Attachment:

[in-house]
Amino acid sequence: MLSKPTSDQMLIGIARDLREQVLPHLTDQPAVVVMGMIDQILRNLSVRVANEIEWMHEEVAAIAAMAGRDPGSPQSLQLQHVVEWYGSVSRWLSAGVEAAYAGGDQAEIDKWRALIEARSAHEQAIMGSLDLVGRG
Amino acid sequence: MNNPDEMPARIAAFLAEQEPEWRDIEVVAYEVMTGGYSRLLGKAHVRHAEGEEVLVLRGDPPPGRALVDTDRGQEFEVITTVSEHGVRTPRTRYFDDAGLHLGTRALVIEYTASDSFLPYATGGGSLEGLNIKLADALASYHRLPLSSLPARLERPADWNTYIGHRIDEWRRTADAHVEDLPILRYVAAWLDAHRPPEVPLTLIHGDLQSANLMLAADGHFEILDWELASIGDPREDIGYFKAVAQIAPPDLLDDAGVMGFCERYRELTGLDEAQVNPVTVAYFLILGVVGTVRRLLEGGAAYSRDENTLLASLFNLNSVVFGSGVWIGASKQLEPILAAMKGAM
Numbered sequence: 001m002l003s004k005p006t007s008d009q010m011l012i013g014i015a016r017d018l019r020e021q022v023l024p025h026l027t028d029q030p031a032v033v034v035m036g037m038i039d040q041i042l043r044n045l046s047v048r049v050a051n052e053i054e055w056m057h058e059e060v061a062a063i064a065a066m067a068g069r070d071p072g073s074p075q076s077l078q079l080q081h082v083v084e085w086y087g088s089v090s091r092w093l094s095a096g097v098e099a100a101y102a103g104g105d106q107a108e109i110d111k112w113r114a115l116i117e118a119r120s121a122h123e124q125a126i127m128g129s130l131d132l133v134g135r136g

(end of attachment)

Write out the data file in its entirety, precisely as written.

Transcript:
[in-house]
Amino acid sequence: MLSKPTSDQMLIGIARDLREQVLPHLTDQPAVVVMGMIDQILRNLSVRVANEIEWMHEEVAAIAAMAGRDPGSPQSLQLQHVVEWYGSVSRWLSAGVEAAYAGGDQAEIDKWRALIEARSAHEQAIMGSLDLVGRG
Amino acid sequence: MNNPDEMPARIAAFLAEQEPEWRDIEVVAYEVMTGGYSRLLGKAHVRHAEGEEVLVLRGDPPPGRALVDTDRGQEFEVITTVSEHGVRTPRTRYFDDAGLHLGTRALVIEYTASDSFLPYATGGGSLEGLNIKLADALASYHRLPLSSLPARLERPADWNTYIGHRIDEWRRTADAHVEDLPILRYVAAWLDAHRPPEVPLTLIHGDLQSANLMLAADGHFEILDWELASIGDPREDIGYFKAVAQIAPPDLLDDAGVMGFCERYRELTGLDEAQVNPVTVAYFLILGVVGTVRRLLEGGAAYSRDENTLLASLFNLNSVVFGSGVWIGASKQLEPILAAMKGAM
Numbered sequence: 001m002l003s004k005p006t007s008d009q010m011l012i013g014i015a016r017d018l019r020e021q022v023l024p025h026l027t028d029q030p031a032v033v034v035m036g037m038i039d040q041i042l043r044n045l046s047v048r049v050a051n052e053i054e055w056m057h058e059e060v061a062a063i064a065a066m067a068g069r070d071p072g073s074p075q076s077l078q079l080q081h082v083v084e085w086y087g088s089v090s091r092w093l094s095a096g097v098e099a100a101y102a103g104g105d106q107a108e109i110d111k112w113r114a115l116i117e118a119r120s121a122h123e124q125a126i127m128g129s130l131d132l133v134g135r136g